Re: Nautilus 2.6 - We're going all spatial

On Mon, 2003-09-15 at 23:58, Seth Nickell wrote:
> Using a navigation ("browser") model means:
> 1) People will not understand Nautilus as well and will instead rely on
> memorized scripts for accomplishing tasks

You are claiming that most Mac users and Windows users don't understand
the conceptual model behind their file manager?

> Spatial model (more typically called object model unless you are an Ars
> Technica writer ;-) says "here is an object". Navigation model is more
> precisely called a mediated navigation model (the "mediated" part being
> the crux of the problem) and forces you to add "here is a viewer, it
> lets you visualize an underlying set of objects in different ways". This
> adds a layer of indirection to a commonly used piece of the desktop.

Well, the viewer model is common to 99% of the applications on the
desktop.  Picture viewers, word processors, music players, paint
programs, pretty much everything uses a similar model: you have a frame
in which you display things, and you can browse through those things.

If that model is so complicated, how do people manage to use computers
at all?

> 2) Many of the people who do understand Nautilus will use it less for
> simple tasks

Have you tested this?

> >       * You are actually making the Nautilus model more complicated (not
> >         simpler) by exposing the user to two completely different kinds
> >         of windows, for "object" and "navigation" purposes.  This seems
> >         to defeat the basic premise of making the model easier to learn.
> It makes the Nautilus model more complicated for users who choose to
> work through the navigator.

Then it would be nice to have at least some proof that those users are a
minority.  As far as I can see, the overwhelming majority of computer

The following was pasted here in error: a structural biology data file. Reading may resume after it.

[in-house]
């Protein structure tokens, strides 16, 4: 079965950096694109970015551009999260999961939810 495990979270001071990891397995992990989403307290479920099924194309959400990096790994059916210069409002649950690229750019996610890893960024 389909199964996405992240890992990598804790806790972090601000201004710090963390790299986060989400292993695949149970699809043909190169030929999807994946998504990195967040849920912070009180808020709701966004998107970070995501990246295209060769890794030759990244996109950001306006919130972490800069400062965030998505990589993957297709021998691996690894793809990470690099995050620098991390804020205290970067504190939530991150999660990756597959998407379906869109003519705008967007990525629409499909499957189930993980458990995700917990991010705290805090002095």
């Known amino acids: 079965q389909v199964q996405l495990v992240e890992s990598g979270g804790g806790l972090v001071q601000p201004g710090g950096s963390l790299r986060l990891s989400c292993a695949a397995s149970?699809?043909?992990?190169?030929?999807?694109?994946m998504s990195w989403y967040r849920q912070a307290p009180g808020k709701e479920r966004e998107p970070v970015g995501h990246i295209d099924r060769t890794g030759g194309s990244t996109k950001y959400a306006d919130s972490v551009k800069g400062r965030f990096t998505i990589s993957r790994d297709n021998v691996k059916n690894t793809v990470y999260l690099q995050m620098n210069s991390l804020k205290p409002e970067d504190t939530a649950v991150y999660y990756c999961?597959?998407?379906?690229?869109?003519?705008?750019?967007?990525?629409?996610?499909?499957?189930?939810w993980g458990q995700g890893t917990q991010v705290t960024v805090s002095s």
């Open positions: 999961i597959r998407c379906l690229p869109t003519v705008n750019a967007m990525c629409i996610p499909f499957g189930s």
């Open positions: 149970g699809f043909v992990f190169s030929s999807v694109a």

users out there very happily uses the navigation model.

Even better, Windows and Mac used to have an OO model, and both switched
to a navigation model.  Did they do that just for fun or was it a
horrible mistake?  (And if so, why aren't they fixing it?)

> >       * If "navigation mode" is only available from the menu bar or a
> >         right click menu and everything on the desktop opens in "object"
> >         mode by default, then users who prefer the navigation mode
> >         (which might even be the majority of them :-)) 
> I don't believe its going to be anywhere near a majority (I would expect
> it to be substantially less than 10%) if you're looking at using GNOME
> as any sort of corporate desktop. 

Most corporate desktops out there run Windows, and Explorer uses the
navigation model.

> Furthermore, I believe there's very
> strong overlap between people who prefer navigation mode and people who
> don't and won't use Nautilus to a significant extent anyway, preferring
> the terminal.

All the Windows users I know (who don't even know what a terminal is)
happily and proficiently use the navigation model.  Same for the Mac

> > are going to
> >         suffer a lot, since they won't be able to just double-click
> >         desktop icons anymore.
> Once you're browsing inside a navigator window its going to stay that
> way. Clicking on folders inside it is going to change the current
> location not popup the folder.

I understand that.  The problem is, to start a navigator window from a
desktop icon you have to right-click and find the menu item first.

> The browser model is substantially harder to use, 

I am not convinced.  :-)

> This was probably the largest design trade-off
> that the web made (for technical reasons, and because the web is a
> fundamentally different problem from navigating a smaller set of objects
> that are already in a tree structure). The design flaws (even if
> necessitated as part of an overall package of tradeoffs they are still
> flaws) of the web should not serve a pattern to be replicated :-P

What is the design flaw of the web exactly?  Would you rather have every
link open in a new window?

-- Ettore

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